On an individual level, reflection on one’s career path fosters awareness and ownership of career choices. Further, working with career images enhances discussion and experience sharing about personal career choices, and offers opportunities to organisations concerned with developing female talent.

Originality/value

The study contributes to the career literature by providing insights into how female and male managers perceive female careers. The study’s originality lies in the methodology, based on using images of careers to better understand how managers picture their own careers.

Details

Equality, Diversity and Inclusion: An International Journal, vol. 36 no. 5
Type: Research Article
ISSN: 2040-7149

Keywords

Book part
Publication date: 10 December 2018

Philip Miles

Abstract

Details

Midlife Creativity and Identity: Life into Art
Type: Book
ISBN: 978-1-78754-333-1

Content available
34

Abstract

Details

Sensor Review, vol. 28 no. 4
Type: Research Article
ISSN: 0260-2288

Article
Publication date: 1 February 1985

Hannah Boon

Deed of Partnership 1766 ........ do covenant and agree with each other to be in partnership for the full term of 7 years to commence from this date hereof—to do our…

Abstract

Deed of Partnership 1766 ........ do covenant and agree with each other to be in partnership for the full term of 7 years to commence from this date hereof—to do our utmost to make a certain blue colour for paints a secret only known to Mr. Fredk. Rapp and Mr. Louis Steigenberger, in consideration of which Mr. John Stalder is to allow a room wherever we all dwell, and work for their colours, to keep the colours and other materials in. And the said Mr. John Stalder must not want to come into said room, nor at any time obstruct his two partners, nor give abusive language by reason of his not being made acquainted with the secret of making said blue for paint and not be allowed to know the cost of the stuff.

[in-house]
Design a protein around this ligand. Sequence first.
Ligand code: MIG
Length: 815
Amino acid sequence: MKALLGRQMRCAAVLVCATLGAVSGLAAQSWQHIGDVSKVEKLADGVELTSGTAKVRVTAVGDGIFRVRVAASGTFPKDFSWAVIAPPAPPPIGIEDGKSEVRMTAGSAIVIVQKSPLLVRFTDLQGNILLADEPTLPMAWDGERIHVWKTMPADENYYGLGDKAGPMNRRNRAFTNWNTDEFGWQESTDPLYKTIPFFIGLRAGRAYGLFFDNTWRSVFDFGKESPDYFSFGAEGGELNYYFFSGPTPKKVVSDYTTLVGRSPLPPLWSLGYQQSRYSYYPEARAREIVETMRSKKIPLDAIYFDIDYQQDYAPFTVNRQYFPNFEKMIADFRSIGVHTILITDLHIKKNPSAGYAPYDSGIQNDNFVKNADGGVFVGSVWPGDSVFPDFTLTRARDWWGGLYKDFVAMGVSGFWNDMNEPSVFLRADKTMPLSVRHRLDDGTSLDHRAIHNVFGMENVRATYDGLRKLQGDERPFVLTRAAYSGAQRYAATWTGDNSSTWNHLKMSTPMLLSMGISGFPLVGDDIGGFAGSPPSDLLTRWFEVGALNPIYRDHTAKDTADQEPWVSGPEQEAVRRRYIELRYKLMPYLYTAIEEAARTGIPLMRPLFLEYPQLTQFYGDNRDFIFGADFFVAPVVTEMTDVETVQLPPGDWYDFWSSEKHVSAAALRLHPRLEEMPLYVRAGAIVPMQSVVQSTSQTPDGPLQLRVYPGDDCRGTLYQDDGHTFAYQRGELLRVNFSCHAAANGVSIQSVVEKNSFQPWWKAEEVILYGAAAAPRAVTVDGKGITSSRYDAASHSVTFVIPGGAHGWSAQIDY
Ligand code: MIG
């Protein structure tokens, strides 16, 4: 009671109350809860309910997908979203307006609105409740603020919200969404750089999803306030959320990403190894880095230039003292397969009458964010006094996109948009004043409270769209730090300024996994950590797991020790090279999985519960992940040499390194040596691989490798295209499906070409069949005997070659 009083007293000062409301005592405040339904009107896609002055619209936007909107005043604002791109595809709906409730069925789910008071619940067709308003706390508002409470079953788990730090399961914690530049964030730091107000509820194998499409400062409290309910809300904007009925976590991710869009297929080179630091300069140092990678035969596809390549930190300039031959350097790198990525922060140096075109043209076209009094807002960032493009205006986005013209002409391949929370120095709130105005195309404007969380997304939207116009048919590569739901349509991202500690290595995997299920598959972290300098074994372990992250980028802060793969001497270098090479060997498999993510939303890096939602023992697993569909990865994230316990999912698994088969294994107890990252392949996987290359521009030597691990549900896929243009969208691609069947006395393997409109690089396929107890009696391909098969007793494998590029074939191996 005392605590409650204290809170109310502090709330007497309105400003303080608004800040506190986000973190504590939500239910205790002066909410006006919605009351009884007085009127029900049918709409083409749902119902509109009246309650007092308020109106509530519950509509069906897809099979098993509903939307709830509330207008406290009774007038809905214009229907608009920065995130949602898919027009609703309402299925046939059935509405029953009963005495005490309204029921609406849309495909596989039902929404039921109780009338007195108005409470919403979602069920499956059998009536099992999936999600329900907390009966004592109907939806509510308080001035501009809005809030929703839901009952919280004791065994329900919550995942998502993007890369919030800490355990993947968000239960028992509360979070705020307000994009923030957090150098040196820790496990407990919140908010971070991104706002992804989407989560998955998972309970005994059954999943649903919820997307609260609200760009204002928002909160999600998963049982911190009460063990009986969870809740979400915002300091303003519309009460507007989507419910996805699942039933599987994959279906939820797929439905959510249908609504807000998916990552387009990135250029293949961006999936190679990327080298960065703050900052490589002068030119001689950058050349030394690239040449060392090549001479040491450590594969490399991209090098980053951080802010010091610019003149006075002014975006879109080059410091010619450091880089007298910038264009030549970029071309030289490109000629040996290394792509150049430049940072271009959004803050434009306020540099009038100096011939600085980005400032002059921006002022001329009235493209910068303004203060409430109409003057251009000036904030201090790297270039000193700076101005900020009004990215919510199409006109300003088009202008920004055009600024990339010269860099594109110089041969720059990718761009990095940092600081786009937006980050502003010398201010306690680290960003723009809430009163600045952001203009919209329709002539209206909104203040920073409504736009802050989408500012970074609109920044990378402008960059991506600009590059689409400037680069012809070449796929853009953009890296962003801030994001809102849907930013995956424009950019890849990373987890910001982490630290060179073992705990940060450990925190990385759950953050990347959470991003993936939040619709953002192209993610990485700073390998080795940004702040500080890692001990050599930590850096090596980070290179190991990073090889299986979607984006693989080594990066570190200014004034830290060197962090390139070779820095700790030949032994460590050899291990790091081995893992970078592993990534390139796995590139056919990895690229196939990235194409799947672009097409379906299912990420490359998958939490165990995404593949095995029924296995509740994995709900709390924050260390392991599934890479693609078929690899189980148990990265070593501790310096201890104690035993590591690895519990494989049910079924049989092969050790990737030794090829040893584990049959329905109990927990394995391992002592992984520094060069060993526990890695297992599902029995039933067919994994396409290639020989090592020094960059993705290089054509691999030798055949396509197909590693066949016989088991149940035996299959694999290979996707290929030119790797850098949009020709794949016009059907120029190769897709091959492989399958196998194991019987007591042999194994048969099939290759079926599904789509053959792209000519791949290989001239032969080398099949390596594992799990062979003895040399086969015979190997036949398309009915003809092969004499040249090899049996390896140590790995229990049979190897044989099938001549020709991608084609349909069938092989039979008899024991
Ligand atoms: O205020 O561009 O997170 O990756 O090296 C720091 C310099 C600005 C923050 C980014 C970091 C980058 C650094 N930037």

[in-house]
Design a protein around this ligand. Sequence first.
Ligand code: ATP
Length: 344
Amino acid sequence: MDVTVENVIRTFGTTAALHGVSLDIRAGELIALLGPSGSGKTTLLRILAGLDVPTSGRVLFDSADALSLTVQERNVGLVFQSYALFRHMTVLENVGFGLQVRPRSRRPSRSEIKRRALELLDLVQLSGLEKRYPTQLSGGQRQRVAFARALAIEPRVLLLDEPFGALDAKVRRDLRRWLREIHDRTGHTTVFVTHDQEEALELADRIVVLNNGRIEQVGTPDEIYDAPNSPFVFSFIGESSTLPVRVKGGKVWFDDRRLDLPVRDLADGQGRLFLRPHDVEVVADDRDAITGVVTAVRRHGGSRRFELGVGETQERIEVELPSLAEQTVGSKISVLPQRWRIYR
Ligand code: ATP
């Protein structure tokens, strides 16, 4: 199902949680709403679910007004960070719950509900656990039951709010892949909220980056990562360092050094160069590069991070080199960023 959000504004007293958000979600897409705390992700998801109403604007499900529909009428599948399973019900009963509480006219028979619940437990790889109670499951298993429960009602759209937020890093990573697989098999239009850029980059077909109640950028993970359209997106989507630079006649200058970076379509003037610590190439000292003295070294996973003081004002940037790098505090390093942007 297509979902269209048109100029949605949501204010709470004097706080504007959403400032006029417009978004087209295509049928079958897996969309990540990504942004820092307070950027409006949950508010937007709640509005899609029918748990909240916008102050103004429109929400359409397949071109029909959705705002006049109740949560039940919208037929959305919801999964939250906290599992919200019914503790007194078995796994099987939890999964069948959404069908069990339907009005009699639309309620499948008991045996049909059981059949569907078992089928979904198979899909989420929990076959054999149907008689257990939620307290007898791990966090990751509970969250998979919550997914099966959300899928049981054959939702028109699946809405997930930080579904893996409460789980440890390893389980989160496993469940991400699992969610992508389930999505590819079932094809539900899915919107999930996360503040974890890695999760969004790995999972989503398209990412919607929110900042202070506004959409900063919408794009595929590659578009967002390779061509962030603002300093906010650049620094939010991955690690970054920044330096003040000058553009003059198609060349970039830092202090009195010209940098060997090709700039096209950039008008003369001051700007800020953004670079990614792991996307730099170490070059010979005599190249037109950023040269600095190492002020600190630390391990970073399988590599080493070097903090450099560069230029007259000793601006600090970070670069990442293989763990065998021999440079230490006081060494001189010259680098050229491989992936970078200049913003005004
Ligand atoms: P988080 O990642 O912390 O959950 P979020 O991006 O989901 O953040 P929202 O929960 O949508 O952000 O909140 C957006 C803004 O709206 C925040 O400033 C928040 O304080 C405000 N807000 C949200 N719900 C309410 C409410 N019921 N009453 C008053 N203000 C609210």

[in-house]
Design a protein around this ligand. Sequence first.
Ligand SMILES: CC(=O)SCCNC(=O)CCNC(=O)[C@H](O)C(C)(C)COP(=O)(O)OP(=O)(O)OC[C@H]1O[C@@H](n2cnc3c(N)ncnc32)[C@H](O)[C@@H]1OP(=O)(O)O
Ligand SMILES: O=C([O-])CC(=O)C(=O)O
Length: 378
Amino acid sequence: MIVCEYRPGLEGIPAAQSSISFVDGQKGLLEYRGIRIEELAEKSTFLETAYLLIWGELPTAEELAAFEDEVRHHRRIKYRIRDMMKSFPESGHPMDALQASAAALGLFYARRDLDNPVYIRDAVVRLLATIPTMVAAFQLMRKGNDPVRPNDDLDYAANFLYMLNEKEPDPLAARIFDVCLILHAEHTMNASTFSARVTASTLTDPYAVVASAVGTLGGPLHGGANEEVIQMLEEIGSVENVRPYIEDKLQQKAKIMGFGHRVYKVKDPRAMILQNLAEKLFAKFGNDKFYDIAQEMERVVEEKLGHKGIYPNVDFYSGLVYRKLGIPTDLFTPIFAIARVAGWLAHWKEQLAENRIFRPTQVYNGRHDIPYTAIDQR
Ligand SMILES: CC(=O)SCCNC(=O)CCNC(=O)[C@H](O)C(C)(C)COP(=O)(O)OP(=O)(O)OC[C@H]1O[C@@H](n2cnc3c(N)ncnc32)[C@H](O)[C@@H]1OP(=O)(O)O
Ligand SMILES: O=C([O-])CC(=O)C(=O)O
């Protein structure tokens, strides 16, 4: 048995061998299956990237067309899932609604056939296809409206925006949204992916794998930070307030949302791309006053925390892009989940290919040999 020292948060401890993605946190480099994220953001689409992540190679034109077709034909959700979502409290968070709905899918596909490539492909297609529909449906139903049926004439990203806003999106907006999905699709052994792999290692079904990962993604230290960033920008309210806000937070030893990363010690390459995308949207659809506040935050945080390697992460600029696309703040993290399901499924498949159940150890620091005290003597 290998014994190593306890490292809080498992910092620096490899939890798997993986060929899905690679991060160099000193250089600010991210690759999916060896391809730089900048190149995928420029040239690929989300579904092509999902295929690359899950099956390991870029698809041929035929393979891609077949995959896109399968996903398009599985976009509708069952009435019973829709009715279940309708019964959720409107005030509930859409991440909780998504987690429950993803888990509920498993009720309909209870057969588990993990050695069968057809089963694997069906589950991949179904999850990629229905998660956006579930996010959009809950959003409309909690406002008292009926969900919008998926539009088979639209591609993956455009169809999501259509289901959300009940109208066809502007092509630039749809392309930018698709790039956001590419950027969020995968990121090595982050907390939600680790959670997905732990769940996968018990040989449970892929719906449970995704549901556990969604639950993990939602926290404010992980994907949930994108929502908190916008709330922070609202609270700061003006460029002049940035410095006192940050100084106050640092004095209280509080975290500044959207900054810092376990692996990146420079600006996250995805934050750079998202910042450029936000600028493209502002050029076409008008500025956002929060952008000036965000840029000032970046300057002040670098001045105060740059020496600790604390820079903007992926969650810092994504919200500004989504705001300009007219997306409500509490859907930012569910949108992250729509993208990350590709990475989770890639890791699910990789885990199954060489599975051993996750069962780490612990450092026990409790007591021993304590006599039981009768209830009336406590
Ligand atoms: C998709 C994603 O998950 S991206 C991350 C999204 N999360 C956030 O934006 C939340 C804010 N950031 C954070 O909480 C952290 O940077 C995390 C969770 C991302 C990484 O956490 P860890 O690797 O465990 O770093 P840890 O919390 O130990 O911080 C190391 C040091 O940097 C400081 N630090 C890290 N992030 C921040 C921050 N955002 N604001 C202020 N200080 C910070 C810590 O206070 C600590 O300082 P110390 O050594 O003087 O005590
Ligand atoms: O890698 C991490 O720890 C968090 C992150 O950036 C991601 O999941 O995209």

Details

Pigment & Resin Technology, vol. 14 no. 2
Type: Research Article
ISSN: 0369-9420

Article
Publication date: 1 May 1971

D.H. Swan

The conventional method of removing suspended solids from the soluble oil emulsion coolants used in aluminium rolling mills is by allowing the coolant to settle in large…

Abstract

The conventional method of removing suspended solids from the soluble oil emulsion coolants used in aluminium rolling mills is by allowing the coolant to settle in large holding tanks and in some cases subsequently straining the coolant through metal gauze or paper media. This treatment removes suspended solids in the size range 5–50 microns, depending on the media employed. Filtration in the region of 5 microns using these methods only provides a very low efficiency filtration.

Details

Anti-Corrosion Methods and Materials, vol. 18 no. 5
Type: Research Article
ISSN: 0003-5599

Content available
Article
Publication date: 1 July 2014

231

Abstract

Details

Library Hi Tech News, vol. 31 no. 5
Type: Research Article
ISSN: 0741-9058